So I decided to take this up a (k)notch, and I found this carving of a beautiful pentagram, a 5-pointed star that is not only a sacred symbol in India, but is also a mystical symbol around the world. But why is it carved in this temple? Then, I started to notice that at the crossings, one strand is going up, and another strand is going down. This means this is a 3-d carving okay, they are literally telling us to put one strand below in certain places, and above in other places. Today, experts in knots call them under-strand and over-strand. So, I decided to replicate it, I carefully looked at the crossings and mimicked the carving. Do you think this is a knot? Yes, it is. This type of knot is called Torus Knot or a Cinquifoil, actually in the west it is known as the Solomon’s Seal. But you can see this knot has already existed in ancient India as well. I have now collected and documented these knots from more than 50 ancient temples. But now let us go to the Vitthala temple at Hampi, because it has some very strange carvings. This is an insane temple with unexplainable technology, like the musical pillars.

Look at this carving, what do you think? That is definitely a snake’s head at the top, and if you look closer, you can see the 2 other snakes as well, intertwined beautifully. So, again, we recreated this, and sure enough, yes it does form a spectacular knot, this is called the Chain Sinnet knot. All these knots you see are actually very good and strong knots. In the same temple, we have lots of carvings showing knots, unfortunately many of them are now eroded, and I was not able to replicate some of them. Because the details are gone, and we do not preserve these precious temples.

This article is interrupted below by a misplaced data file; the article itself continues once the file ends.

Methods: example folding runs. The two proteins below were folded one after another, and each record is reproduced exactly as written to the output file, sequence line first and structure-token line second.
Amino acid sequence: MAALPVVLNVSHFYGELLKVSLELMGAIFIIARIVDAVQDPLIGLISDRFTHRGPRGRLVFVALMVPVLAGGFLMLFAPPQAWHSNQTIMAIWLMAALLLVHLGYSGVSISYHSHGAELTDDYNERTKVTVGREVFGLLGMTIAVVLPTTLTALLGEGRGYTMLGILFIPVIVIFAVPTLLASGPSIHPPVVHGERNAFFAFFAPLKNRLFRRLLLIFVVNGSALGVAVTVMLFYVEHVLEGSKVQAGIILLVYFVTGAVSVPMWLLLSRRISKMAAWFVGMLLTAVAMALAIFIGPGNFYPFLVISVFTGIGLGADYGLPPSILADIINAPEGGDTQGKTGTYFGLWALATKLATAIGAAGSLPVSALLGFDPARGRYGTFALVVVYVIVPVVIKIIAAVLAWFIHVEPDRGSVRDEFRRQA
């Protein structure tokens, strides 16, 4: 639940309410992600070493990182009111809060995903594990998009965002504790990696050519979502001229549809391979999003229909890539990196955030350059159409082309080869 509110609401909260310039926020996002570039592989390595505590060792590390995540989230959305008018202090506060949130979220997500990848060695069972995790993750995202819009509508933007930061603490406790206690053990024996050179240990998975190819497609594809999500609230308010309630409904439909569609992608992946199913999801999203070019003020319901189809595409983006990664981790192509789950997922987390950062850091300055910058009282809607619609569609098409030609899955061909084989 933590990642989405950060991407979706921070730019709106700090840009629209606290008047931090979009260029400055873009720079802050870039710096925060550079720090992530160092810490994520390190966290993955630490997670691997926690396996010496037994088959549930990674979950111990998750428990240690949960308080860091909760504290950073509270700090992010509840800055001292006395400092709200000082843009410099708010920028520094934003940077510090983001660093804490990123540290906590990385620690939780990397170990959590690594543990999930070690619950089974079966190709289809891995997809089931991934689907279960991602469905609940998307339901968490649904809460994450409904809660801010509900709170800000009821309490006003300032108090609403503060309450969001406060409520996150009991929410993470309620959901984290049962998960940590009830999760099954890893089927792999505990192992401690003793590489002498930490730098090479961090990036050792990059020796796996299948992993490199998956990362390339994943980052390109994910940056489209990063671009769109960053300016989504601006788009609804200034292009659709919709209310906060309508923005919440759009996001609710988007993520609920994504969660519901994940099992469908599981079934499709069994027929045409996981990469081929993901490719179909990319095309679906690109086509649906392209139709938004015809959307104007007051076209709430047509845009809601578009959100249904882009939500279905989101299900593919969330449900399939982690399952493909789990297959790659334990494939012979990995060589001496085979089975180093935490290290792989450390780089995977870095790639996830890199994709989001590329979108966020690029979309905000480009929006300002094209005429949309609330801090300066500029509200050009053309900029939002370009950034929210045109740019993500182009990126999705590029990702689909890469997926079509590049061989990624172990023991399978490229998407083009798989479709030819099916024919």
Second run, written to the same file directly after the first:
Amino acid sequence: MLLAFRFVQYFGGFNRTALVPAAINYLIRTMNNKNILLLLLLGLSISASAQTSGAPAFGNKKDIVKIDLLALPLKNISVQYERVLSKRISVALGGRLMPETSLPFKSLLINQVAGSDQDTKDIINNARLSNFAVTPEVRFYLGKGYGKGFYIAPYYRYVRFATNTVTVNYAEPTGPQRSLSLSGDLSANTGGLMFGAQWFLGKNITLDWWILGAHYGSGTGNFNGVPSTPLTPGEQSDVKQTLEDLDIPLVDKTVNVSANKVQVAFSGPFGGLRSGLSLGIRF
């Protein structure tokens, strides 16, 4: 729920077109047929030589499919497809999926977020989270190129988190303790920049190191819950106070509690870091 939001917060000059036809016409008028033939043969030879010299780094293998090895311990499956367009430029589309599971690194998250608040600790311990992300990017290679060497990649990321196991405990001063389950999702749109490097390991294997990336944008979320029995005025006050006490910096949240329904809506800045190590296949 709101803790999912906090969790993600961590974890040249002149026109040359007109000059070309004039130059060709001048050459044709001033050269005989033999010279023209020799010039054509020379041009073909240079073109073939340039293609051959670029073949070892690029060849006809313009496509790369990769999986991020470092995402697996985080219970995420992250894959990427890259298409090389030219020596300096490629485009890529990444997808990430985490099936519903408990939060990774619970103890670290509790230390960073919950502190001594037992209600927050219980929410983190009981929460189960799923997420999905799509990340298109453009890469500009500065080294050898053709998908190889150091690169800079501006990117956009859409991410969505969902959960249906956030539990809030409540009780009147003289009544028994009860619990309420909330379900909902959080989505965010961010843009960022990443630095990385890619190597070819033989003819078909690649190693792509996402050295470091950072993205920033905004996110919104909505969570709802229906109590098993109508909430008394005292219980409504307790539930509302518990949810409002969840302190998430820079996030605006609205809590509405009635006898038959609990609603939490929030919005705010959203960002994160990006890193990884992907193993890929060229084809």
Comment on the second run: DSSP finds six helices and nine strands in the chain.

Here is another one, it is very odd. I don’t know if you can understand this, it is unique in many ways. It was very difficult to re-create this, we failed a couple of times. But guess what happens when we tighten it? This is another complicated knot, called the Clover-Leaf-Knot. If you read today’s text books about knots, people think they invented many of these complicated knots in the last few centuries, but from these carvings we can understand that ancient Indians were masters of these complex knots, and not only that, they were keen on passing this knowledge to their future generations, using these carvings.